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    Mandriva is never a bad choice, so don't worry about it being too "faulty" or anything. I'm personally just not too familiar with its package management system--but it seems to be quite good enough for alot of people.

    In short, any Linux OS with the proper X server installed will be able to use both desktop environments. So, if you have one you can get the other. In almost all cases they will be available as packages, but in some less-robust distributions you might have to build from source. I doubt you'll run into one of those, though.

    My advice? Most important: Don't be afraid of the command line. Desktop environments are very nice looking but it's important to do some work under the hood as well. Too many people associate a black screen with white text as a sign of "oldness", but it's where you'll find the true power of Linux.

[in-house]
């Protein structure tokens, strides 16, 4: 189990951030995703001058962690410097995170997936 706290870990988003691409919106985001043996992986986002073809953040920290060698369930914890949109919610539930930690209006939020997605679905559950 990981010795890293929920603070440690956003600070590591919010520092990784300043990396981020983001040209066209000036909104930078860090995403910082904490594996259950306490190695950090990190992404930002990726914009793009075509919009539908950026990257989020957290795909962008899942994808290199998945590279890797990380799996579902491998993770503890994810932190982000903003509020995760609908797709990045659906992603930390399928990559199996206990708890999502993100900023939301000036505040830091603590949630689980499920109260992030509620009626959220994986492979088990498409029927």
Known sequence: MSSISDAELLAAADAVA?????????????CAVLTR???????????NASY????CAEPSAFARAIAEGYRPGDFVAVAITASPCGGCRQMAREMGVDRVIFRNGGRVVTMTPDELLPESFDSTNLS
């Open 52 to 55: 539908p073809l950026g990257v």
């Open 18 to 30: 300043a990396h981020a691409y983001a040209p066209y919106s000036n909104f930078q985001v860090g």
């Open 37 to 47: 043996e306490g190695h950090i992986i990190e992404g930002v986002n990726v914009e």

Also, once you've settled in and have your day-to-day use squared away, check out some information on compiling your own kernel (try to get specific directions for your distribution). It's really not that difficult and you'll find it rewarding, possibly addictive, and good for a big performance boost--particularly in a laptop.

    That's all I've got for now... sounds like you have the right attitude, so go have some fun! And of course, don't be afraid to ask more questions... that's the point of this place .

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    Linux Newbie daacosta's Avatar
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    Red face

    Well, I would have liked to be as inquisitive as you are and to have done my homework before trying distros like a hairy monkey